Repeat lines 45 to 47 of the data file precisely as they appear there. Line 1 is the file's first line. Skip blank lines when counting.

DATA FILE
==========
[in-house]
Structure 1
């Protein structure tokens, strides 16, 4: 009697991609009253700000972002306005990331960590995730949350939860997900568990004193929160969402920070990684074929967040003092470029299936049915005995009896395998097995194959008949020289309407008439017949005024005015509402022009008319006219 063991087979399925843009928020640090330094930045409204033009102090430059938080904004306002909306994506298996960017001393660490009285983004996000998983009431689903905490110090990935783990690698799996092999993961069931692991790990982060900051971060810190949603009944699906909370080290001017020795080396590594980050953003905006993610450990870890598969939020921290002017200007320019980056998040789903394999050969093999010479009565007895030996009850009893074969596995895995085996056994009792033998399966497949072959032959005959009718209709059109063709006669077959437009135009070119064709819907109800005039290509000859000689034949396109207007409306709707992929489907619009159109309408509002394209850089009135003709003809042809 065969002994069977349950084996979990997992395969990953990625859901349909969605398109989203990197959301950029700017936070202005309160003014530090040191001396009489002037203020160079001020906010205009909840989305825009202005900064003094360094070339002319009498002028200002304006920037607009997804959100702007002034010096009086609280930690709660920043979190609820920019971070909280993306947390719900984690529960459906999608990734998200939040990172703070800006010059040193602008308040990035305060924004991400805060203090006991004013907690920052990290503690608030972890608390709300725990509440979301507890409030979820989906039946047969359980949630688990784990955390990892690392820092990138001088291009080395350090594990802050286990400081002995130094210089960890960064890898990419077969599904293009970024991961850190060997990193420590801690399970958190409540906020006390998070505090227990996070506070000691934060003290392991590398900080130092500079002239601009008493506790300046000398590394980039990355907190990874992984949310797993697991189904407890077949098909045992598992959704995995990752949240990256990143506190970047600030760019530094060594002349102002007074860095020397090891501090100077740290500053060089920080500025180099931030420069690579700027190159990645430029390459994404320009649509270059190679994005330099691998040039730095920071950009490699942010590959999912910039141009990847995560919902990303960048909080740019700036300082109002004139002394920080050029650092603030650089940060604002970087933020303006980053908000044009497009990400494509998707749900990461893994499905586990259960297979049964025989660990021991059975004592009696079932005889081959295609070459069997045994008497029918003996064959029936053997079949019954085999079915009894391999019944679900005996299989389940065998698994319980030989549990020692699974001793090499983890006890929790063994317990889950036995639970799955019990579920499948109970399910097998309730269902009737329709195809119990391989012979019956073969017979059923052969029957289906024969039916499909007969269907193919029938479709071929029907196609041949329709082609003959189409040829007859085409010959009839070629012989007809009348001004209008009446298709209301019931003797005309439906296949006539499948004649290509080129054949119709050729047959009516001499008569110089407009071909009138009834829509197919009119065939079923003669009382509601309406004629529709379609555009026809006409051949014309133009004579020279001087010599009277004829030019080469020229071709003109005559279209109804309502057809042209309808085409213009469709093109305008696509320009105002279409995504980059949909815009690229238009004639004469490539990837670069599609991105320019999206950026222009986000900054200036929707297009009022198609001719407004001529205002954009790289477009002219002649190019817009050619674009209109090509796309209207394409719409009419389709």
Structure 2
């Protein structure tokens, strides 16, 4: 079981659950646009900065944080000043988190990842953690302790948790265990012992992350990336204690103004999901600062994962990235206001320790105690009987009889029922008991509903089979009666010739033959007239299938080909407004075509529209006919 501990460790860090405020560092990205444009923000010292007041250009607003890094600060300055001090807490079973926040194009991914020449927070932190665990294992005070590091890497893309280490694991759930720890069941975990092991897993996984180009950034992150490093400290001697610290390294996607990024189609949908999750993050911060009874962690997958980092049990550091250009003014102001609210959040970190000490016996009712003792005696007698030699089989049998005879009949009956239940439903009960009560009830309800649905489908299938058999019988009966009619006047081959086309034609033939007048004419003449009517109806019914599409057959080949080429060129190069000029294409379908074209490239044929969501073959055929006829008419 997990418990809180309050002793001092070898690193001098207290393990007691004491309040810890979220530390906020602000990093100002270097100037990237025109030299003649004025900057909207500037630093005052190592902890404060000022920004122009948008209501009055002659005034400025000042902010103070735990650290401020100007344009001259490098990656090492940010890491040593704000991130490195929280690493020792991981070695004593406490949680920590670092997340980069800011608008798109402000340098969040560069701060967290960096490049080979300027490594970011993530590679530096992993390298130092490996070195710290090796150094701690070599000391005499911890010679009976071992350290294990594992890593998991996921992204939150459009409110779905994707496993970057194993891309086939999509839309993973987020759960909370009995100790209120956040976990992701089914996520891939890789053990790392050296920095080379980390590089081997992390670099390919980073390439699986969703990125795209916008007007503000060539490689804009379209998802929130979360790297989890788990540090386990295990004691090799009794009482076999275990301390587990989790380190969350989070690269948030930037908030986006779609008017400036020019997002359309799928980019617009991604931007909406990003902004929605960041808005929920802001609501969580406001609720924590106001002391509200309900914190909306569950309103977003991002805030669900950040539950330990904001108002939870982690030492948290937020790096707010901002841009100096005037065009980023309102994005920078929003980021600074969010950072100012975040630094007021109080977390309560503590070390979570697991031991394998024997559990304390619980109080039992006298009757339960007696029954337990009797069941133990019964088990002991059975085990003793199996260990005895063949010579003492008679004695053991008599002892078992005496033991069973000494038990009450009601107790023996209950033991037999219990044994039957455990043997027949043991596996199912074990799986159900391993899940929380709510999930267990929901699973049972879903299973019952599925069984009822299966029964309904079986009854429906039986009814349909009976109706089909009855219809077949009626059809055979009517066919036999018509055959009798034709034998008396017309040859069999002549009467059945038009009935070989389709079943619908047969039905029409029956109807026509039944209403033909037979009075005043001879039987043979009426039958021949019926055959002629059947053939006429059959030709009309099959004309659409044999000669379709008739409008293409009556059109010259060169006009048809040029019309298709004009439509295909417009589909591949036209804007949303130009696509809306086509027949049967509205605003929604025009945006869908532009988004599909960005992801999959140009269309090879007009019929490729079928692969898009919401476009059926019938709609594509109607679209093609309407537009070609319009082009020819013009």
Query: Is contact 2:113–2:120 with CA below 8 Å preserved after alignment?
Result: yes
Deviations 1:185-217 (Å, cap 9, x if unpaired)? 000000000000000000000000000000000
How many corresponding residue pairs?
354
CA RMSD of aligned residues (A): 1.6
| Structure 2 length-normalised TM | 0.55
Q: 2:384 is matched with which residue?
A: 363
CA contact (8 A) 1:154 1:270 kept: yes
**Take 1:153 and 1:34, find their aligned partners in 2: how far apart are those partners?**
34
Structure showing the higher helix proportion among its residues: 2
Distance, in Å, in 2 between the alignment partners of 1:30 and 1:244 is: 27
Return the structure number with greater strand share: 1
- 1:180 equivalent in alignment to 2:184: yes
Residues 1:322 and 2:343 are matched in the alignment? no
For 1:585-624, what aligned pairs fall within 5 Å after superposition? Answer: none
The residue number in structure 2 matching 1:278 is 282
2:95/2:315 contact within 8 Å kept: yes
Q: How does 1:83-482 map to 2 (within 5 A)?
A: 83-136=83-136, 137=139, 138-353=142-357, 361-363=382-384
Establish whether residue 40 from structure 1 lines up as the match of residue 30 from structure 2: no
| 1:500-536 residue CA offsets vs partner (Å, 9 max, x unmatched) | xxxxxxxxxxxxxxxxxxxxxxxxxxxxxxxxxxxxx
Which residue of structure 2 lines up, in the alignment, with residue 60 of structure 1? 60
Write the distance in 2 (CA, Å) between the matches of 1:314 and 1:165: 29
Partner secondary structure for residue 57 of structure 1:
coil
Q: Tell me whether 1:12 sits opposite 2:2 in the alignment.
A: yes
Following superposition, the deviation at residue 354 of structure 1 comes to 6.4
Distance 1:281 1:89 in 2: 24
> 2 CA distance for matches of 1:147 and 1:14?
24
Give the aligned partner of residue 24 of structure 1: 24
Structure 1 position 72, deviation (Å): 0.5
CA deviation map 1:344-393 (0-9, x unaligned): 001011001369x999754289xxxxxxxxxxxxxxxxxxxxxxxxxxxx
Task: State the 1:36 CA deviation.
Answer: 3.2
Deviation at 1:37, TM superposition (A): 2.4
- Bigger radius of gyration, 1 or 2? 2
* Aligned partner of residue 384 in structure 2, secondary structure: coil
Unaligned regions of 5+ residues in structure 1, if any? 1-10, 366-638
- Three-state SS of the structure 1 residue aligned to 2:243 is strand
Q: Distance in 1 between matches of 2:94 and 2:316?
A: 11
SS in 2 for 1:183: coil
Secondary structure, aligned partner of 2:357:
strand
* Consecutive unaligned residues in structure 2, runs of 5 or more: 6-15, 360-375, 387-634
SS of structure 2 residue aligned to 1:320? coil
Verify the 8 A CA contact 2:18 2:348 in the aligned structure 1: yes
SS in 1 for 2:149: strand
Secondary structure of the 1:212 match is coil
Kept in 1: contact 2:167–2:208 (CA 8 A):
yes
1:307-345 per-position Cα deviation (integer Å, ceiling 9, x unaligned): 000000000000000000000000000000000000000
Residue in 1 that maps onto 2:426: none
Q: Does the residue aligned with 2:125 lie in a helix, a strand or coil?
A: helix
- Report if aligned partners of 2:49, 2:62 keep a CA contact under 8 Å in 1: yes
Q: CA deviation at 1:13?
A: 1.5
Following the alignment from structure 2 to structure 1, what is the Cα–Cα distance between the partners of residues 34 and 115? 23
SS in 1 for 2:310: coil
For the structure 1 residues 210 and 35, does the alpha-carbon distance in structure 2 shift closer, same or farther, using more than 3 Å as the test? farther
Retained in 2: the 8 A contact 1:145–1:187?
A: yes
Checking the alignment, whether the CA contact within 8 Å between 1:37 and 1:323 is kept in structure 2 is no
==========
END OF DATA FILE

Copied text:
Deviation at 1:37, TM superposition (A): 2.4
- Bigger radius of gyration, 1 or 2? 2
* Aligned partner of residue 384 in structure 2, secondary structure: coil